2. That all persons illegally imprisoned, as aforesaid, be either immediately discharged, or admitted to bail, as by law they ought to be; and the Liberty of the Subject recognized and restored.

3. That John How aforesaid, be obliged to ask his majesty pardon for his vile reflec tions, or be immediately expelled the house.

4. That the growing power of France be taken into consideration, the Succession of the emperor to the crown of Spain supported, and our Protestant neighbours protected as the true interest of England, and the Protestant Religion requires.

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5. That the French king be obliged to quit Flanders, or that his majesty be addressed to 'declare War against him.

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6. That suitable Supplies be granted to his majesty, for the putting all those necessary things in execution; and that care be taken, that such Taxes as are raised, be more equally assessed and collected, and scandalous 'Deficiencies prevented.

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7. That the Thanks of the house may be

People of England, in case their Representa-given to those Gentlemen, who so gallantly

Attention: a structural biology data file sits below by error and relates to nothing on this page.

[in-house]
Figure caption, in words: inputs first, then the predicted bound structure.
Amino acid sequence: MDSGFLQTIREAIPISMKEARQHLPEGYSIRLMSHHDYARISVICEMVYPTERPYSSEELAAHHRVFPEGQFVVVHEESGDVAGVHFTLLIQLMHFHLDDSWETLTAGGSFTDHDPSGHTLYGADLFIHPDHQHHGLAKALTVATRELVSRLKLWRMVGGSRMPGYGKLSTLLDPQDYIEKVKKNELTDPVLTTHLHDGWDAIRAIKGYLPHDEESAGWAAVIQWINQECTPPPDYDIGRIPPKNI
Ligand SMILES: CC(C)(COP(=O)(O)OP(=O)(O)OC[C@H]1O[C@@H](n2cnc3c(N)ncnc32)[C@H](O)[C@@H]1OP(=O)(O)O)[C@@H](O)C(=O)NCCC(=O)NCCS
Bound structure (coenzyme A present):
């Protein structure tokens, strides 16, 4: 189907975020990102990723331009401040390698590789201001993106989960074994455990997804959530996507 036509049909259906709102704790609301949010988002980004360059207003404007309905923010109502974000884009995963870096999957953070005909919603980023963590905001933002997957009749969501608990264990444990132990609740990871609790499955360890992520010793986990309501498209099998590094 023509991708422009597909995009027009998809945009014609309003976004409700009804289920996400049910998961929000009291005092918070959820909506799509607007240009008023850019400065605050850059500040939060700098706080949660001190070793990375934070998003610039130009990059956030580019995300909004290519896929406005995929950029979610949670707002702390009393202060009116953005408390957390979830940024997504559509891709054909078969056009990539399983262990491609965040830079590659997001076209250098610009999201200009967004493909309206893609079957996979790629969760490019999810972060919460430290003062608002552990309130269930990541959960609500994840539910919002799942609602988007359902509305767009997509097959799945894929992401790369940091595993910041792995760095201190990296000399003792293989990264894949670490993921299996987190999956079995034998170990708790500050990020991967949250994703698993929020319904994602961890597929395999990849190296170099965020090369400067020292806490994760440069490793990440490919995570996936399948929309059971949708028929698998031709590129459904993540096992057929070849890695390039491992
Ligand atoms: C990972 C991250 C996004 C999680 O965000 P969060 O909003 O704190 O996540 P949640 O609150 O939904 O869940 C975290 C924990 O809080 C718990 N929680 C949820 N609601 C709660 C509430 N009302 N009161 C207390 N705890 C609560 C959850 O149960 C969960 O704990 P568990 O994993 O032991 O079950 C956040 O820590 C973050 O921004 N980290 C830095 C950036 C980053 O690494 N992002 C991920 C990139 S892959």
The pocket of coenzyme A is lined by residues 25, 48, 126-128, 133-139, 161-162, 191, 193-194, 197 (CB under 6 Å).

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2. That the house of commons, separately, and otherwise than by Bill legally passed into 'an Act, have no legal power to suspend, or dispense with, the laws of the land, any more than the king has by his prerogative.

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S. That the house of commons have no legal power to imprison any person, or commit them to the custody of Serjeants, or otherwise, (their own members excepted) but ought to address the king to cause any person, on good grounds, to be apprehended; which person so apprehended ought to have the benefit of the Habeas Corpus Act, and be fairly brought to a Trial by due course of law.

4. That, if the house of commons, in 'breach of the Laws and Liberties of the peo'ple, do betray the trust reposed in them, and

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P.S If you require to have this Memorial signed with our names, it shall be done on your first orders, and personally presented.'

Vote thereon.] The consequence of this was, that a Complaint was made to the house, of endeavours to raise Tumults and Seditions, in order to disturb the Public Affairs, and a Committee was appointed to draw up an Address to the king humbly to lay before him the Endeavours of several ill-disposed Persons to raise Tumults and Seditions in the kingdom, and